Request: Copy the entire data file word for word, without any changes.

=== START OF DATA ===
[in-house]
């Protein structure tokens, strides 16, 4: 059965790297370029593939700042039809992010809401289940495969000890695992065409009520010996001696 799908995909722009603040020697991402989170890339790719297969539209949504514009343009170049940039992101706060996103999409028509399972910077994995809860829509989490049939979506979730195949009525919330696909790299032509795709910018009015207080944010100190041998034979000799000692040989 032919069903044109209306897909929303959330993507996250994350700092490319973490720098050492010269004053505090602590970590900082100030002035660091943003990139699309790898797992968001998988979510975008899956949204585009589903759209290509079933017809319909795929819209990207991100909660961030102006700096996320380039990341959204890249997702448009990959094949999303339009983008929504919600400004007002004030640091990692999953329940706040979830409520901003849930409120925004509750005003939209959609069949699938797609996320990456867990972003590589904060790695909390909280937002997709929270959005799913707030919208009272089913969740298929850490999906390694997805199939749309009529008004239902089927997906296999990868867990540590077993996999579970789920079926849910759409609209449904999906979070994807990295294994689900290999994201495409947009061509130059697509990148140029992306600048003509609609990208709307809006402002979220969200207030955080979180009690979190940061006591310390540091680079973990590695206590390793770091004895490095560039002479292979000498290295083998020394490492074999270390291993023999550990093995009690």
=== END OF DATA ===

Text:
[in-house]
């Protein structure tokens, strides 16, 4: 059965790297370029593939700042039809992010809401289940495969000890695992065409009520010996001696 799908995909722009603040020697991402989170890339790719297969539209949504514009343009170049940039992101706060996103999409028509399972910077994995809860829509989490049939979506979730195949009525919330696909790299032509795709910018009015207080944010100190041998034979000799000692040989 032919069903044109209306897909929303959330993507996250994350700092490319973490720098050492010269004053505090602590970590900082100030002035660091943003990139699309790898797992968001998988979510975008899956949204585009589903759209290509079933017809319909795929819209990207991100909660961030102006700096996320380039990341959204890249997702448009990959094949999303339009983008929504919600400004007002004030640091990692999953329940706040979830409520901003849930409120925004509750005003939209959609069949699938797609996320990456867990972003590589904060790695909390909280937002997709929270959005799913707030919208009272089913969740298929850490999906390694997805199939749309009529008004239902089927997906296999990868867990540590077993996999579970789920079926849910759409609209449904999906979070994807990295294994689900290999994201495409947009061509130059697509990148140029992306600048003509609609990208709307809006402002979220969200207030955080979180009690979190940061006591310390540091680079973990590695206590390793770091004895490095560039002479292979000498290295083998020394490492074999270390291993023999550990093995009690």